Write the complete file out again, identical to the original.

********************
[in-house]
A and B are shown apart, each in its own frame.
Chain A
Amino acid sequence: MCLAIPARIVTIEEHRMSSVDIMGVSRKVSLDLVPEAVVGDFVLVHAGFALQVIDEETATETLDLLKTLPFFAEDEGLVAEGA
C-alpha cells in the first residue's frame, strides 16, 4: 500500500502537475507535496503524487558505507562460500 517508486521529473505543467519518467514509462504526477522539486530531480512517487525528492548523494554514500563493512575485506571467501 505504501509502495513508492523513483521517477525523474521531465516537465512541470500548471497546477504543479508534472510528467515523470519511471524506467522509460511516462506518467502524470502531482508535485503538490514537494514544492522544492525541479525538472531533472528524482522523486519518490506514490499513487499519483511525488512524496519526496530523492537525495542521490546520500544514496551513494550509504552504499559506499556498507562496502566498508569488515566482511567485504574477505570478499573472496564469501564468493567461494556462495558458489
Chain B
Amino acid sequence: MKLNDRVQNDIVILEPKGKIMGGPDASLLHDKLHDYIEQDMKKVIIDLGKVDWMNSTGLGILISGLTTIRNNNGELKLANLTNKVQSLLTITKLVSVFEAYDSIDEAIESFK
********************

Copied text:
[in-house]
A and B are shown apart, each in its own frame.
Chain A
Amino acid sequence: MCLAIPARIVTIEEHRMSSVDIMGVSRKVSLDLVPEAVVGDFVLVHAGFALQVIDEETATETLDLLKTLPFFAEDEGLVAEGA
C-alpha cells in the first residue's frame, strides 16, 4: 500500500502537475507535496503524487558505507562460500 517508486521529473505543467519518467514509462504526477522539486530531480512517487525528492548523494554514500563493512575485506571467501 505504501509502495513508492523513483521517477525523474521531465516537465512541470500548471497546477504543479508534472510528467515523470519511471524506467522509460511516462506518467502524470502531482508535485503538490514537494514544492522544492525541479525538472531533472528524482522523486519518490506514490499513487499519483511525488512524496519526496530523492537525495542521490546520500544514496551513494550509504552504499559506499556498507562496502566498508569488515566482511567485504574477505570478499573472496564469501564468493567461494556462495558458489
Chain B
Amino acid sequence: MKLNDRVQNDIVILEPKGKIMGGPDASLLHDKLHDYIEQDMKKVIIDLGKVDWMNSTGLGILISGLTTIRNNNGELKLANLTNKVQSLLTITKLVSVFEAYDSIDEAIESFK